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A critical issue for users of Markov Chain Monte Carlo (MCMC) methods in applications is how to determine when it is safe to stop sampling and use the samples to estimate characteristics of the distribution of interest. Research into methods of computing theoretical convergence bounds holds promise for the future but currently has yielded relatively little that is of practical use in applied work. Consequently, most MCMC users address the convergence problem by applying diagnostic tools to the output produced by running their samplers. After giving a brief overview of the area, we provide an expository review of thirteen convergence diagnostics, describing the theoretical basis and practical implementation of each. We then compare their performance in two simple models and conclude that all the methods can fail to detect the sorts of convergence failure they were designed to identify. We thus recommend a combination of strategies aimed at evaluating and accelerating MCMC sampler conver...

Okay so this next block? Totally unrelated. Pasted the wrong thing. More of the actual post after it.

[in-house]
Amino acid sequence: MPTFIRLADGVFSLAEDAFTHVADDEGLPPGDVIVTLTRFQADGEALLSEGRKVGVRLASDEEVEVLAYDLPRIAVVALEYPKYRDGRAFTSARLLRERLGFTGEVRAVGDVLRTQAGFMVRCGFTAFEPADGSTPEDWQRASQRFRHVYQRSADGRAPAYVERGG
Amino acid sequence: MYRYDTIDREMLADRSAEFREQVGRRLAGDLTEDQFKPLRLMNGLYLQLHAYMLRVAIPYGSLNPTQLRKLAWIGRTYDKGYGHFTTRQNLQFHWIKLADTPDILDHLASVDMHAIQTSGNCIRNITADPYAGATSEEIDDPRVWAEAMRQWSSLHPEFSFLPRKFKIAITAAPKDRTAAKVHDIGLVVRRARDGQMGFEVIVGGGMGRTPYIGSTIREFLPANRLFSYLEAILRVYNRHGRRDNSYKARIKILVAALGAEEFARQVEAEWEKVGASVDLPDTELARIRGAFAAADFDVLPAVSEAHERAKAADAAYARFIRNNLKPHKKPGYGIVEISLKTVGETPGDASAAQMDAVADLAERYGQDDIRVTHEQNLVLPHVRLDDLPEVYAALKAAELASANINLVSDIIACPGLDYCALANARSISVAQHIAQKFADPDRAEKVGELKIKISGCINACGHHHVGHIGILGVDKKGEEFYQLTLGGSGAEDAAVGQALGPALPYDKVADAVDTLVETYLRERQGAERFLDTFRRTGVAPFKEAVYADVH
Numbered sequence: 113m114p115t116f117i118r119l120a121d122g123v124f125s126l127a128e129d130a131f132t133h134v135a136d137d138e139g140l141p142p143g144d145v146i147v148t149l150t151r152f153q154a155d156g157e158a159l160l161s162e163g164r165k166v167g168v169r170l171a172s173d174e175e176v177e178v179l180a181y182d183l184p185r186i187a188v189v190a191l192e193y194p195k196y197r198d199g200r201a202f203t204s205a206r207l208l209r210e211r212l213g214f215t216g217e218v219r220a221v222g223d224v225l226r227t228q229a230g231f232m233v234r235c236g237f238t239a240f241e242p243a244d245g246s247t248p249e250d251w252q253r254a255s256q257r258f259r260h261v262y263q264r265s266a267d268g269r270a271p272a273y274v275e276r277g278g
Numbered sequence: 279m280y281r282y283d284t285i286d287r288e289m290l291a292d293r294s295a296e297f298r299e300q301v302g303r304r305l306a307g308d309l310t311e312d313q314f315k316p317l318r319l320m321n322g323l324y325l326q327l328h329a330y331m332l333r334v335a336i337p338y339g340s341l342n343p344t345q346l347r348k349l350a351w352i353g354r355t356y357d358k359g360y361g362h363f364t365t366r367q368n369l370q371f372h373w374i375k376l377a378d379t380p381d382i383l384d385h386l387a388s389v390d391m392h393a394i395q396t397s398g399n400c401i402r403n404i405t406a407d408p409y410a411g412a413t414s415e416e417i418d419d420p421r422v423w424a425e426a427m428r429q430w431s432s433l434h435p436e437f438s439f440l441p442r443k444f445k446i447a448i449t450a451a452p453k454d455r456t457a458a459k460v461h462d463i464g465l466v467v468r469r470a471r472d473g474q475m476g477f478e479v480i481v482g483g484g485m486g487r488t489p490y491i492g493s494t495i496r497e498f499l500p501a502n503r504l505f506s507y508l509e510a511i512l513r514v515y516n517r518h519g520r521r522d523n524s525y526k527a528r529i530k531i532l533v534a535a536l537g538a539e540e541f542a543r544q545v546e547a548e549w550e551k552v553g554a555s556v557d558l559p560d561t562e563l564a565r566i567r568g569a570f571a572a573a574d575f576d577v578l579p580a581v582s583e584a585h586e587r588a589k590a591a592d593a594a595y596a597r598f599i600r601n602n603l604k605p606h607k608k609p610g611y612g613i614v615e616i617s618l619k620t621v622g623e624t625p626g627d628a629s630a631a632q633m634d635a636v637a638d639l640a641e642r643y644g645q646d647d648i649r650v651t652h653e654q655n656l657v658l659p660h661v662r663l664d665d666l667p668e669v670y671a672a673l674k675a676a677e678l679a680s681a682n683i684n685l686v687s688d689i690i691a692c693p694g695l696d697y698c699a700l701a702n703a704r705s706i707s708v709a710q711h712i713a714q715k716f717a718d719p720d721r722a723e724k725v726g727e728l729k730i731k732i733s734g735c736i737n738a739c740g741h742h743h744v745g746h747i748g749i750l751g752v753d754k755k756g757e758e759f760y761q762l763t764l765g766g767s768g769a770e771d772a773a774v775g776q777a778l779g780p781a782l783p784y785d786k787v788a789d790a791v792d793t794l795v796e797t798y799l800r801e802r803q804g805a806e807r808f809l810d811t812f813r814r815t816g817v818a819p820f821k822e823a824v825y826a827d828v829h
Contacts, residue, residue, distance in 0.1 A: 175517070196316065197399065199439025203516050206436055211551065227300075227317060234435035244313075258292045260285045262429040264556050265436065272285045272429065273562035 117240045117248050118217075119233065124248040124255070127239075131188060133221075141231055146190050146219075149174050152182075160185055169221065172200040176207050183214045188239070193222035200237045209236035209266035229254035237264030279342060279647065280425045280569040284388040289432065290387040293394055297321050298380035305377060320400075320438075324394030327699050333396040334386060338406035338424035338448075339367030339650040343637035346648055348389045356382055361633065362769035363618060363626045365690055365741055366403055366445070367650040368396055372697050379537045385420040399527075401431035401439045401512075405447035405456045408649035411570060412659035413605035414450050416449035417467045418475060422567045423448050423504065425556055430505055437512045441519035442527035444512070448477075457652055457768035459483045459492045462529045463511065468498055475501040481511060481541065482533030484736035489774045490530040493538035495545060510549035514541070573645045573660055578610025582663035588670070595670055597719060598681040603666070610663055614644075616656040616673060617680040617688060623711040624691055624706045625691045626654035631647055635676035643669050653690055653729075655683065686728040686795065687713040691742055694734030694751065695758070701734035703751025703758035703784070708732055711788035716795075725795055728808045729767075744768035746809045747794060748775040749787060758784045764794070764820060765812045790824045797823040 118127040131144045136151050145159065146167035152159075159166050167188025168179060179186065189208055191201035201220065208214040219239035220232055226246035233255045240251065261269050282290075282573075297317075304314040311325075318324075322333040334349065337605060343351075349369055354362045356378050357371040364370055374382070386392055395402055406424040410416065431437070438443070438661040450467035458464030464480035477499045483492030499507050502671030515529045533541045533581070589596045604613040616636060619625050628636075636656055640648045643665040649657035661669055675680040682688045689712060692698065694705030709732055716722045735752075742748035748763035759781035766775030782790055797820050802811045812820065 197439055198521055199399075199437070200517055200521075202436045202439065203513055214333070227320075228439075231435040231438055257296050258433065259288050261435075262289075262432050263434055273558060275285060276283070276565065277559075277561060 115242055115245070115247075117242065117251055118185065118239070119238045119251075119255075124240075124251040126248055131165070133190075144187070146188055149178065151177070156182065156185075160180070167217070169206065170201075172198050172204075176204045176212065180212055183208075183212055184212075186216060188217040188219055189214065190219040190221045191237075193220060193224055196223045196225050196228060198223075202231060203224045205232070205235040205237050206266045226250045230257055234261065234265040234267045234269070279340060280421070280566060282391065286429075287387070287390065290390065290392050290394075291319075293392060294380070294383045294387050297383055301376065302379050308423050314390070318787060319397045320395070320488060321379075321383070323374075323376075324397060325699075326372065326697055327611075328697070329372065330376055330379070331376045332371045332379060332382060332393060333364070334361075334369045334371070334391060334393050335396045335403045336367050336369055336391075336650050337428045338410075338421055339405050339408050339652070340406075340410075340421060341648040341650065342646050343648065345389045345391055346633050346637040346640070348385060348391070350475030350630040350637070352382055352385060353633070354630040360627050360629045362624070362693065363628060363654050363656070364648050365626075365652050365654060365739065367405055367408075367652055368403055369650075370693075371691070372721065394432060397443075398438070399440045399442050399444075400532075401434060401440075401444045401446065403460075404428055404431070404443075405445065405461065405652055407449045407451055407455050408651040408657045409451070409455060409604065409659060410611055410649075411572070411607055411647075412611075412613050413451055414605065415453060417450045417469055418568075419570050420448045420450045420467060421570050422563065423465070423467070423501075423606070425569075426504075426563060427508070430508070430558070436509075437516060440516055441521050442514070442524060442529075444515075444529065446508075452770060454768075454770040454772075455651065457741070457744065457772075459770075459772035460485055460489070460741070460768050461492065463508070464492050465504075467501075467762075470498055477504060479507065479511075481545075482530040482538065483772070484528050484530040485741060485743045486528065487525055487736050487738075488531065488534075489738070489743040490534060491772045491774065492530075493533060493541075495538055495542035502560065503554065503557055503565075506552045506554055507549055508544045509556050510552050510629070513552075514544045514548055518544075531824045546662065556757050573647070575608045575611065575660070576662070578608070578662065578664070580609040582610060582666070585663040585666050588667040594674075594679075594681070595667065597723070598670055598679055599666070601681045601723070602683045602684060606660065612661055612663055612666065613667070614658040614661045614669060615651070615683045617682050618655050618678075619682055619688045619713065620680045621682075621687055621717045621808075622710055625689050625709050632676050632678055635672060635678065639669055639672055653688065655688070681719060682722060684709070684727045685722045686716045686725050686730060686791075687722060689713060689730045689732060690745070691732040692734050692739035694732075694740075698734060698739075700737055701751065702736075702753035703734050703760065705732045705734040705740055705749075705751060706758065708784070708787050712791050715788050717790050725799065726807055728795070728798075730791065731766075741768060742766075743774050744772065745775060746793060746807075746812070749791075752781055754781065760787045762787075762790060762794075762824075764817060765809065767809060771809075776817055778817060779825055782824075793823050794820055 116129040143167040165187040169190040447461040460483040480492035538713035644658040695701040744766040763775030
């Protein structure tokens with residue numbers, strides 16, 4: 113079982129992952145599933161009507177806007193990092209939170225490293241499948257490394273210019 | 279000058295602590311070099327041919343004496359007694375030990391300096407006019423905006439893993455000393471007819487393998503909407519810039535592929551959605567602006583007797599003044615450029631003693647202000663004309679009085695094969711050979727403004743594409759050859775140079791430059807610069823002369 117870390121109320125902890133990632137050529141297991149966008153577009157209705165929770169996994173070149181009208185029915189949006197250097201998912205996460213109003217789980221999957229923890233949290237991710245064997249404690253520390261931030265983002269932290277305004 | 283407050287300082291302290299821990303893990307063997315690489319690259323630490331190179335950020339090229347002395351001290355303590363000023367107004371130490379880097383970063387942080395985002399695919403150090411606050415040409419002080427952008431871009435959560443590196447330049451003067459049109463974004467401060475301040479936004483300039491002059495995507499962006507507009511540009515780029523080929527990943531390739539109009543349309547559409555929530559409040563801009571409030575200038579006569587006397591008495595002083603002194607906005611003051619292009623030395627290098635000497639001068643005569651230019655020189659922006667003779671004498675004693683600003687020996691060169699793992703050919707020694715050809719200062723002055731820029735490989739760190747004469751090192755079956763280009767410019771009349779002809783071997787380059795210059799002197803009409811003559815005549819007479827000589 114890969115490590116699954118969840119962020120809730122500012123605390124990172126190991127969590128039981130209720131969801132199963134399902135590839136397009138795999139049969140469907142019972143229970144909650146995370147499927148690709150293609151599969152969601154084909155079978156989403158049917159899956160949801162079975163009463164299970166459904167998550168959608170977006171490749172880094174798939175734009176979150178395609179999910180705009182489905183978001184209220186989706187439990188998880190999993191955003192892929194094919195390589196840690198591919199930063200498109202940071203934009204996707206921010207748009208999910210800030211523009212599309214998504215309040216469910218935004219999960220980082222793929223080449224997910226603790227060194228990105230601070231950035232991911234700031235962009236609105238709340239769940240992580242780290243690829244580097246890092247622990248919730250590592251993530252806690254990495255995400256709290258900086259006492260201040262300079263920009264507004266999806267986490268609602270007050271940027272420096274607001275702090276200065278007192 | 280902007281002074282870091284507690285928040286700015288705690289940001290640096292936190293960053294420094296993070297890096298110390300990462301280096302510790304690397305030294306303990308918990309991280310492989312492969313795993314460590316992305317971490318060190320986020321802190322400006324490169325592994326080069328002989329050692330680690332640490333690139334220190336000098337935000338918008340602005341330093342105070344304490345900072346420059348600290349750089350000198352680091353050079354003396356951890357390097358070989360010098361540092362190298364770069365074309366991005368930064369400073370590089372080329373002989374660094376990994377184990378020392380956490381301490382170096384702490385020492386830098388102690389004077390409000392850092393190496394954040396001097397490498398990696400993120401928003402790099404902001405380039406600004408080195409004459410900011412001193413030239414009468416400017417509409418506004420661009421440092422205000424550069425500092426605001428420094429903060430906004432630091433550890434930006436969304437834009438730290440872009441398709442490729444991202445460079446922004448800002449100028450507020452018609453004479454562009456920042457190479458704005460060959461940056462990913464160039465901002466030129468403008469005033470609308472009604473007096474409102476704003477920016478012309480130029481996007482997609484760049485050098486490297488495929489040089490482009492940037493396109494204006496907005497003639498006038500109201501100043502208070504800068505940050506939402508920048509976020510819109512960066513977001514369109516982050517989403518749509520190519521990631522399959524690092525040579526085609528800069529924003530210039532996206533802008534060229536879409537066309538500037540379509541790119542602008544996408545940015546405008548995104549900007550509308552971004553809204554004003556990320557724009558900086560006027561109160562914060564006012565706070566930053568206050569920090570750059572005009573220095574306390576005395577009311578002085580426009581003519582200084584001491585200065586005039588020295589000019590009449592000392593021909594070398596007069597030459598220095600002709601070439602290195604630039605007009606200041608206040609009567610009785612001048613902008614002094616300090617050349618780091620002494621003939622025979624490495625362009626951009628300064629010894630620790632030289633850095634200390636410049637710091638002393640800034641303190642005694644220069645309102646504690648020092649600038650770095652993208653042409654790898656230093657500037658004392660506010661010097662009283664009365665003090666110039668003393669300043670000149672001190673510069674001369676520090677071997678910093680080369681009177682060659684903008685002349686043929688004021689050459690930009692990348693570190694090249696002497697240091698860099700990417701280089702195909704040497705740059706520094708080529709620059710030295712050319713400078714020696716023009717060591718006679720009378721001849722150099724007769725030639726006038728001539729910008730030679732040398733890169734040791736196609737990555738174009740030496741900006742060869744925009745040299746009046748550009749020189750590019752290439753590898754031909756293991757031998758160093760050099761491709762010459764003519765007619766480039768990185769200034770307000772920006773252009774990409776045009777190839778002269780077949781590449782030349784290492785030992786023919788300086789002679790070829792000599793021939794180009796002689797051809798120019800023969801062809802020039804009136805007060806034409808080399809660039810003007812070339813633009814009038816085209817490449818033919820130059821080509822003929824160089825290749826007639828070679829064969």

Rates of convergence of the Hastings and Metropolis algorithms
 ANNALS OF STATISTICS
, 1996
"... We apply recent results in Markov chain theory to Hastings and Metropolis algorithms with either independent or symmetric candidate distributions, and provide necessary and sufficient conditions for the algorithms to converge at a geometric rate to a prescribed distribution ß. In the independence ca ..."
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Cited by 163 (13 self)
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We apply recent results in Markov chain theory to Hastings and Metropolis algorithms with either independent or symmetric candidate distributions, and provide necessary and sufficient conditions for the algorithms to converge at a geometric rate to a prescribed distribution ß. In the independence case (in IR k ) these indicate that geometric convergence essentially occurs if and only if the candidate density is bounded below by a multiple of ß; in the symmetric case (in IR only) we show geometric convergence essentially occurs if and only if ß has geometric tails. We also evaluate recently developed computable bounds on the rates of convergence in this context: examples show that these theoretical bounds can be inherently extremely conservative, although when the chain is stochastically monotone the bounds may well be effective.